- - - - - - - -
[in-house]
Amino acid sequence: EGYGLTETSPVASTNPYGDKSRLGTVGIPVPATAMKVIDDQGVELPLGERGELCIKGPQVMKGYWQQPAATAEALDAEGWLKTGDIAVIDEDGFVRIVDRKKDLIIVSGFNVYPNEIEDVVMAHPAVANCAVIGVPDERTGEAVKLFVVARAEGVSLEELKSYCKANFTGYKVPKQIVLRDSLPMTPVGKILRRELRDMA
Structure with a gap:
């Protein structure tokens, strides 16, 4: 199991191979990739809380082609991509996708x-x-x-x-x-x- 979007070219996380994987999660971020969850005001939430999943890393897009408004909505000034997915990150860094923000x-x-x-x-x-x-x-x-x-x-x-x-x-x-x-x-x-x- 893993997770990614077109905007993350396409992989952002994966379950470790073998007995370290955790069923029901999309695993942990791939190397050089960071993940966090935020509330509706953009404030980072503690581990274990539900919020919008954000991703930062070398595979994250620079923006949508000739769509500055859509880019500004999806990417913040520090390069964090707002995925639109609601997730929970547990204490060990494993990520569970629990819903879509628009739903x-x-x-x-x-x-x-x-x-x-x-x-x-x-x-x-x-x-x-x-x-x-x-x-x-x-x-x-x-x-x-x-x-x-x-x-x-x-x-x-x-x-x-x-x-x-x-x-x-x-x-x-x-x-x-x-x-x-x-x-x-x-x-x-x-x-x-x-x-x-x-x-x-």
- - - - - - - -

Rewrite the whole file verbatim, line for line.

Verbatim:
[in-house]
Amino acid sequence: EGYGLTETSPVASTNPYGDKSRLGTVGIPVPATAMKVIDDQGVELPLGERGELCIKGPQVMKGYWQQPAATAEALDAEGWLKTGDIAVIDEDGFVRIVDRKKDLIIVSGFNVYPNEIEDVVMAHPAVANCAVIGVPDERTGEAVKLFVVARAEGVSLEELKSYCKANFTGYKVPKQIVLRDSLPMTPVGKILRRELRDMA
Structure with a gap:
């Protein structure tokens, strides 16, 4: 199991191979990739809380082609991509996708x-x-x-x-x-x- 979007070219996380994987999660971020969850005001939430999943890393897009408004909505000034997915990150860094923000x-x-x-x-x-x-x-x-x-x-x-x-x-x-x-x-x-x- 893993997770990614077109905007993350396409992989952002994966379950470790073998007995370290955790069923029901999309695993942990791939190397050089960071993940966090935020509330509706953009404030980072503690581990274990539900919020919008954000991703930062070398595979994250620079923006949508000739769509500055859509880019500004999806990417913040520090390069964090707002995925639109609601997730929970547990204490060990494993990520569970629990819903879509628009739903x-x-x-x-x-x-x-x-x-x-x-x-x-x-x-x-x-x-x-x-x-x-x-x-x-x-x-x-x-x-x-x-x-x-x-x-x-x-x-x-x-x-x-x-x-x-x-x-x-x-x-x-x-x-x-x-x-x-x-x-x-x-x-x-x-x-x-x-x-x-x-x-x-």